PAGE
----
Debugging Series: Fusion Applications Incidents
By Richard Bingham on Mar 26, 2013
When the incident is created the end user sees only a generic error dialog that gives them the incident number and server details. This protects them from confusing error messages and gives them something they can use to follow up with their helpdesk.
Figure 1 – What the end user sees when an incident is created (click here to enlarge).
Administrators (and Oracle's own Cloud team) manage problem incidents using Oracle Enterprise Manager. Each Enterprise Manager target displays any incidents associated with it, plus the Support Workbench feature allows full management including; file download, compare to other metrics, match against known issues, and incident packaging and sending to MyOracleSupport as a Service Request.
Figure 2 – Incidents associated with Fusion Procurement, with various information and actions available for each (click here to enlarge).
What Exactly Is An Incident?
As mentioned each incident contains a snapshot of system data to help identify and resolve the error. There is an internal framework process that captures this data, known as the Diagnostic Data Extractor (DDE), and some embedded logic that tells it what to collect for each problem type. In addition, as illustrated by the Additional Diagnostics tab in Figure 4, it is possible to explicitly execute the DDE process to get more diagnostic data from a seeded catalog, should it be required.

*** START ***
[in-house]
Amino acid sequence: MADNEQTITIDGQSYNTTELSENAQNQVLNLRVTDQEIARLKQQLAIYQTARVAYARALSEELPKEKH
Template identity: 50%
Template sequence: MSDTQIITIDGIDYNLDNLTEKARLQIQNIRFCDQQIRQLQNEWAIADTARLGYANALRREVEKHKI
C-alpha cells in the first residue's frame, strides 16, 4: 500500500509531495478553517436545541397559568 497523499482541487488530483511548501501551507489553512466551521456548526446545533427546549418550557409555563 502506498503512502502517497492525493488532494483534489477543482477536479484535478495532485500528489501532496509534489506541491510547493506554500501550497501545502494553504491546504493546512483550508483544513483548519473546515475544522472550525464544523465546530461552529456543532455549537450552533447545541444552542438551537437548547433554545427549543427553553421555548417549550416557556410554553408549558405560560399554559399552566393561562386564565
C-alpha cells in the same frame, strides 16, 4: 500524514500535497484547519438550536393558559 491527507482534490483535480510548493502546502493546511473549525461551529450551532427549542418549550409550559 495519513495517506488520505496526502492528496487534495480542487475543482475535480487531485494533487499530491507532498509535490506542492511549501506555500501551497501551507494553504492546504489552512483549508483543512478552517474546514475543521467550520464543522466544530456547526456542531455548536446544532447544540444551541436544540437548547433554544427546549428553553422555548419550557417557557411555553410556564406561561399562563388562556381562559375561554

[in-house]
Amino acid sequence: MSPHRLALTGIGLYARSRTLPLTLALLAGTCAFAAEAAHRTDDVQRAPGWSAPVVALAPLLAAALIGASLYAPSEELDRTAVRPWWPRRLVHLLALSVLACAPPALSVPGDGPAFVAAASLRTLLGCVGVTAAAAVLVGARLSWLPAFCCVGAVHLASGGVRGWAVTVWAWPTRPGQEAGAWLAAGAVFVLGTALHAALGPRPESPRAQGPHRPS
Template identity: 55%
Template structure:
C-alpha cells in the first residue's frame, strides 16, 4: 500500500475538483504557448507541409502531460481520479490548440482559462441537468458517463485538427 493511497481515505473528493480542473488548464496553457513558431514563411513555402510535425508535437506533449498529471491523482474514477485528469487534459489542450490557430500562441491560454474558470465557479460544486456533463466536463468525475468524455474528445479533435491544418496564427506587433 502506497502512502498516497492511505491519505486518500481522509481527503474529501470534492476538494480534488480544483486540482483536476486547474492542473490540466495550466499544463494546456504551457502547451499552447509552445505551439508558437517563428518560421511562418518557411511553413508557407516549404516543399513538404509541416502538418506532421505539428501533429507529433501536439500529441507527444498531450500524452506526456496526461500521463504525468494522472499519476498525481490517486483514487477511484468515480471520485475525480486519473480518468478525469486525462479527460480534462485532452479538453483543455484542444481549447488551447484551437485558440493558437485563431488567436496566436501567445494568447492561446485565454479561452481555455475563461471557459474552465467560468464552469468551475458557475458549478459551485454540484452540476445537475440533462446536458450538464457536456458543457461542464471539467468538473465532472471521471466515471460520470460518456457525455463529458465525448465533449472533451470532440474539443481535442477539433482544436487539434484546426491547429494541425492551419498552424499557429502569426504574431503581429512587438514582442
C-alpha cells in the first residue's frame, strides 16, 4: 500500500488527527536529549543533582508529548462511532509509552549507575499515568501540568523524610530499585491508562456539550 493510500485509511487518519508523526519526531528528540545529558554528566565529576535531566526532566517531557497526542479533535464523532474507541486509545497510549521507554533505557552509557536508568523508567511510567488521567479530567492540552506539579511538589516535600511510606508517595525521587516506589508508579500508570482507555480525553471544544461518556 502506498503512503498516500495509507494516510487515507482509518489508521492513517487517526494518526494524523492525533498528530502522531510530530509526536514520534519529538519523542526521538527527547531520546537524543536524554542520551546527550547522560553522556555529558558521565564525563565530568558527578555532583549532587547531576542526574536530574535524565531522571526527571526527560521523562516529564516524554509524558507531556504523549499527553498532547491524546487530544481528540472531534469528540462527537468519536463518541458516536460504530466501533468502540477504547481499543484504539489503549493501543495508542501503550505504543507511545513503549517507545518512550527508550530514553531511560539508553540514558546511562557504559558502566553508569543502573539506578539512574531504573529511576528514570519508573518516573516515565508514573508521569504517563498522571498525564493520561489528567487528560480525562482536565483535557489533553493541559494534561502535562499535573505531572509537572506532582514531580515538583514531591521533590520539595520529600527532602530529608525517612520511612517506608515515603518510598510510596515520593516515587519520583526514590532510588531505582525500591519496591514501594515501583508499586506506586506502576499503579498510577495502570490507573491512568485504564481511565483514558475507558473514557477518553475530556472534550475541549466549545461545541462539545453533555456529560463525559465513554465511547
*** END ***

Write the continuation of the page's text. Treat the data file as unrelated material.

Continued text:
Fusion Applications J2EE apps incidents contain many files already proven as useful in troubleshooting, with a summary readme.txt detailing out the problem and components involved. Some of the basic middleware diagnostics include:
- Logs – including a file with the last 5 minutes of logs for that WLS Server, another based on all lines for the ECID for which the incident was created, and a third of all lines in the QuickTrace log buffer at that point in time.
- DMS Metric Data – including a dump of all metric values for that server and for that ECID.
- Thread Dump – standard thread dump for all JVM threads at the time of incident creation.
- Click History – for ADD-originating incidents a log of activity passed through the ADF component.
- JRockit Flight Recording – a low level JVM activity trace for the period leading up to incident creation.
- WLS Diagnostic Image – WebLogics’ own system snapshot with detailed component information.
For incidents created by C and PL/SQL code the content is obviously different, and as these are less frequent they contain fewer items, mostly centered around the associated logs and trace files.
The incident content is being expanded all the time, as common troubleshooting requirements are determined and the appropriate DDE collections are built. An example is the plan to include a SQL History file that details out the recent related database statements issued.
Figure 3 – The content of an incident, as shown in Enterprise Manager (click here to enlarge).
Where are Incidents Stored?
All DFw Incident files are stored in a pre-configured filesystem location, known as the Advanced Diagnostic Repository, or ADR. Each component that creates incidents maintains its own ADR directory structure, including the Database, SOA, WebLogic, and each deployed Fusion J2EE Application. The default ADR directories
- Fusion J2EE Apps
- WebLogic Server
- SOA Server
SQL> SELECT * FROM V$DIAG_INFO;
Enterprise Manager has all of the ADR directories pre-registered, therefore it is much easier to use features like Support Workbench, as it already shows files and knows which incidents belong to which component.